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UK

31/01/2013

UPDATE

Tomorrow’s test strike called off

The Public and Commercial Services Union (PCS) has cancelled tomorrow’s (1 February) strike of driving test examiners. The Driving Standards Agency says that tests booked are now expected to go ahead as planned. The strike action had been scheduled to start at test centres in England, Scotland and Wales from 1.30 pm.

The PCS is still planning to take strike action on 15 February at test centres in England and Scotland, and on 1 March in Wales.
 

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The Driving Standards Agency (DSA) has warned that driving examiners who are members of the Public and Commercial Services (PCS) union are to take strike action over three days in February and March.

Strike dates and areas affected are:
1 February from 1.30 pm (England, Scotland and Wales)
15 February from 1.30 pm (England and Scotland)
1 March from 1.30 pm (Wales)

DSA chief executive Rosemary Thew says that test candidates should still go to their test centre for their test. “Not all examiners are members of the PCS. Even if they are, we can’t be sure that they will support the strike so we are asking candidates to report for their test so it can go ahead, if possible,” said Thew.

The DSA says test candidates who report for their test will not have to contact them to rebook if they can’t take the test because of strike action. The agency says candidates will be advised of a new test date within five to ten working days.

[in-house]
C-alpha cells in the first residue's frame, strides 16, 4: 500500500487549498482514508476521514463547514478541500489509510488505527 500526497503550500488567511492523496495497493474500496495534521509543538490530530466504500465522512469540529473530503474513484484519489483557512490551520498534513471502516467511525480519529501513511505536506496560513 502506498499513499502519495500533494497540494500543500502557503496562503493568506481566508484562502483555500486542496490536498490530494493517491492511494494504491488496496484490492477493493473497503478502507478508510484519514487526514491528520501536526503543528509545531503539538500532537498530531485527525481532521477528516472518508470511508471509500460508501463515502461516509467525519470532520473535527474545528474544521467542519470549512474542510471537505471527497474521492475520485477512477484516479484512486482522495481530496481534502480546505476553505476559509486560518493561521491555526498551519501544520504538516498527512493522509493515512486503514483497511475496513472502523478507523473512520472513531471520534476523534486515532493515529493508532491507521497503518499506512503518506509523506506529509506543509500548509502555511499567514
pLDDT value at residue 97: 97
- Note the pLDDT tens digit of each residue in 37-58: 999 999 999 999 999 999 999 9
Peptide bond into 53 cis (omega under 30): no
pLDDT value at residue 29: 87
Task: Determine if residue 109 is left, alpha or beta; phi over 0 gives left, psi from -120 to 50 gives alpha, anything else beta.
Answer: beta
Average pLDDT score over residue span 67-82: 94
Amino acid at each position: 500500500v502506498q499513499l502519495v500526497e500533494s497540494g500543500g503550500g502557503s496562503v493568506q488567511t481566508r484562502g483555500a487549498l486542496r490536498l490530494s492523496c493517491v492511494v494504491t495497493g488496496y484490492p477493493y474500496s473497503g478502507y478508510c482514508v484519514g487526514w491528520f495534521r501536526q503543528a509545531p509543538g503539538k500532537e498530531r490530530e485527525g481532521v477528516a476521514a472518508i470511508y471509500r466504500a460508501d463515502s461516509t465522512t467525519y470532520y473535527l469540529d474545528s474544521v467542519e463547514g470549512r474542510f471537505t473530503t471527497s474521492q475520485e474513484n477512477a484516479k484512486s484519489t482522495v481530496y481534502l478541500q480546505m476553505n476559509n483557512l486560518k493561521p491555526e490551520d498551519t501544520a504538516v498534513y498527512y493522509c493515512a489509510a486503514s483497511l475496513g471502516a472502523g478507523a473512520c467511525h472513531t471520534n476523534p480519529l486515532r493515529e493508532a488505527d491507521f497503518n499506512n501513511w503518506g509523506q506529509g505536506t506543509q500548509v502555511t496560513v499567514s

The strike action does not affect Theory tests, but the DSA says its Customer Service Centre for practical tests might also be affected on 1 February from 2 pm and 22 February from 2 pm.

Test candidates can claim for out-of-pocket expenses if their test is cancelled, but they must have turned up for the test to make a claim. Test candidates who do not turn up for their test will have to rebook their test and won’t be able to claim expenses.
 

The PCS union represents around 1,600 DSA staff – around two-thirds of the workforce – of whom around 1,250 are examiners and the rest are admin workers.



The issues behind the strike are job cuts and the closure of test centres, privatisation and pay. The Department for Transport has so far refused to provide a guarantee of no compulsory redundancies. It is also extending the use of testing from non-traditional sites to other areas – with the first tie-in with Halfords due to start soon – without any review of the original results and without the agreement of staff, says the union.